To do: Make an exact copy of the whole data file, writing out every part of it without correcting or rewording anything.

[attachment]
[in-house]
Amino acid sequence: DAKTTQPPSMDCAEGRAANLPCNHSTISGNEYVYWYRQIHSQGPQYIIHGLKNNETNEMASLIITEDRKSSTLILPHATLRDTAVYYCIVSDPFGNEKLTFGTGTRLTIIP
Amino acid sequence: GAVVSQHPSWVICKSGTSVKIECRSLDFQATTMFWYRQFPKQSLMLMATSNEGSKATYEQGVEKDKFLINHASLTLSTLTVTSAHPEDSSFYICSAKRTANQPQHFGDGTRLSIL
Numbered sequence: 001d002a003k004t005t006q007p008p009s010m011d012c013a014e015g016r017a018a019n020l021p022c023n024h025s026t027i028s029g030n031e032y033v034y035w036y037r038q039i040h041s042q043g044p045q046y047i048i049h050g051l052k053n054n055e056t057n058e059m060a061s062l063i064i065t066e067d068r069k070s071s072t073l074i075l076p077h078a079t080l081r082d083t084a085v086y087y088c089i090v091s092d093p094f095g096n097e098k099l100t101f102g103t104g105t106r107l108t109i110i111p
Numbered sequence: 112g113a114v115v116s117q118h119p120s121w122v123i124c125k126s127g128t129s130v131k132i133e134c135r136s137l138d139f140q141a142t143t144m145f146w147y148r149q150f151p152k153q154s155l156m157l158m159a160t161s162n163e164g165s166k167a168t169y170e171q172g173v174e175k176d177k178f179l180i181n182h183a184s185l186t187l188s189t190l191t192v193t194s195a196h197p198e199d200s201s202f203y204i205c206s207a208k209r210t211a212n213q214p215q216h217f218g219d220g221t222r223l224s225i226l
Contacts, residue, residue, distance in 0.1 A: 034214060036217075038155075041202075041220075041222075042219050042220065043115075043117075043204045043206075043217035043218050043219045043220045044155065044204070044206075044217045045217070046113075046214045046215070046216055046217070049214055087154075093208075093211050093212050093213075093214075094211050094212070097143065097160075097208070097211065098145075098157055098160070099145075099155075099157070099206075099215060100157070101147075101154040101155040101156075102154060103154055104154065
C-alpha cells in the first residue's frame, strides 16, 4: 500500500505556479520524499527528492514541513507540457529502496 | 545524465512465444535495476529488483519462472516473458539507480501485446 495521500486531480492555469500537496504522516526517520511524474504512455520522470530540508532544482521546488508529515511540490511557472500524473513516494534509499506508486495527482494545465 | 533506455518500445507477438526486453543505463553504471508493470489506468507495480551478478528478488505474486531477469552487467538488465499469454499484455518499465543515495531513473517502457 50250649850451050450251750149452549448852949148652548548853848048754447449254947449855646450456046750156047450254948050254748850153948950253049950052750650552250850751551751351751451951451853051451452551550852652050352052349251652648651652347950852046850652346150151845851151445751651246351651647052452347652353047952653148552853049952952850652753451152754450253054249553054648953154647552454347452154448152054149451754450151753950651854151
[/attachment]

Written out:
[in-house]
Amino acid sequence: DAKTTQPPSMDCAEGRAANLPCNHSTISGNEYVYWYRQIHSQGPQYIIHGLKNNETNEMASLIITEDRKSSTLILPHATLRDTAVYYCIVSDPFGNEKLTFGTGTRLTIIP
Amino acid sequence: GAVVSQHPSWVICKSGTSVKIECRSLDFQATTMFWYRQFPKQSLMLMATSNEGSKATYEQGVEKDKFLINHASLTLSTLTVTSAHPEDSSFYICSAKRTANQPQHFGDGTRLSIL
Numbered sequence: 001d002a003k004t005t006q007p008p009s010m011d012c013a014e015g016r017a018a019n020l021p022c023n024h025s026t027i028s029g030n031e032y033v034y035w036y037r038q039i040h041s042q043g044p045q046y047i048i049h050g051l052k053n054n055e056t057n058e059m060a061s062l063i064i065t066e067d068r069k070s071s072t073l074i075l076p077h078a079t080l081r082d083t084a085v086y087y088c089i090v091s092d093p094f095g096n097e098k099l100t101f102g103t104g105t106r107l108t109i110i111p
Numbered sequence: 112g113a114v115v116s117q118h119p120s121w122v123i124c125k126s127g128t129s130v131k132i133e134c135r136s137l138d139f140q141a142t143t144m145f146w147y148r149q150f151p152k153q154s155l156m157l158m159a160t161s162n163e164g165s166k167a168t169y170e171q172g173v174e175k176d177k178f179l180i181n182h183a184s185l186t187l188s189t190l191t192v193t194s195a196h197p198e199d200s201s202f203y204i205c206s207a208k209r210t211a212n213q214p215q216h217f218g219d220g221t222r223l224s225i226l
Contacts, residue, residue, distance in 0.1 A: 034214060036217075038155075041202075041220075041222075042219050042220065043115075043117075043204045043206075043217035043218050043219045043220045044155065044204070044206075044217045045217070046113075046214045046215070046216055046217070049214055087154075093208075093211050093212050093213075093214075094211050094212070097143065097160075097208070097211065098145075098157055098160070099145075099155075099157070099206075099215060100157070101147075101154040101155040101156075102154060103154055104154065
C-alpha cells in the first residue's frame, strides 16, 4: 500500500505556479520524499527528492514541513507540457529502496 | 545524465512465444535495476529488483519462472516473458539507480501485446 495521500486531480492555469500537496504522516526517520511524474504512455520522470530540508532544482521546488508529515511540490511557472500524473513516494534509499506508486495527482494545465 | 533506455518500445507477438526486453543505463553504471508493470489506468507495480551478478528478488505474486531477469552487467538488465499469454499484455518499465543515495531513473517502457 50250649850451050450251750149452549448852949148652548548853848048754447449254947449855646450456046750156047450254948050254748850153948950253049950052750650552250850751551751351751451951451853051451452551550852652050352052349251652648651652347950852046850652346150151845851151445751651246351651647052452347652353047952653148552853049952952850652753451152754450253054249553054648953154647552454347452154448152054149451754450151753950651854151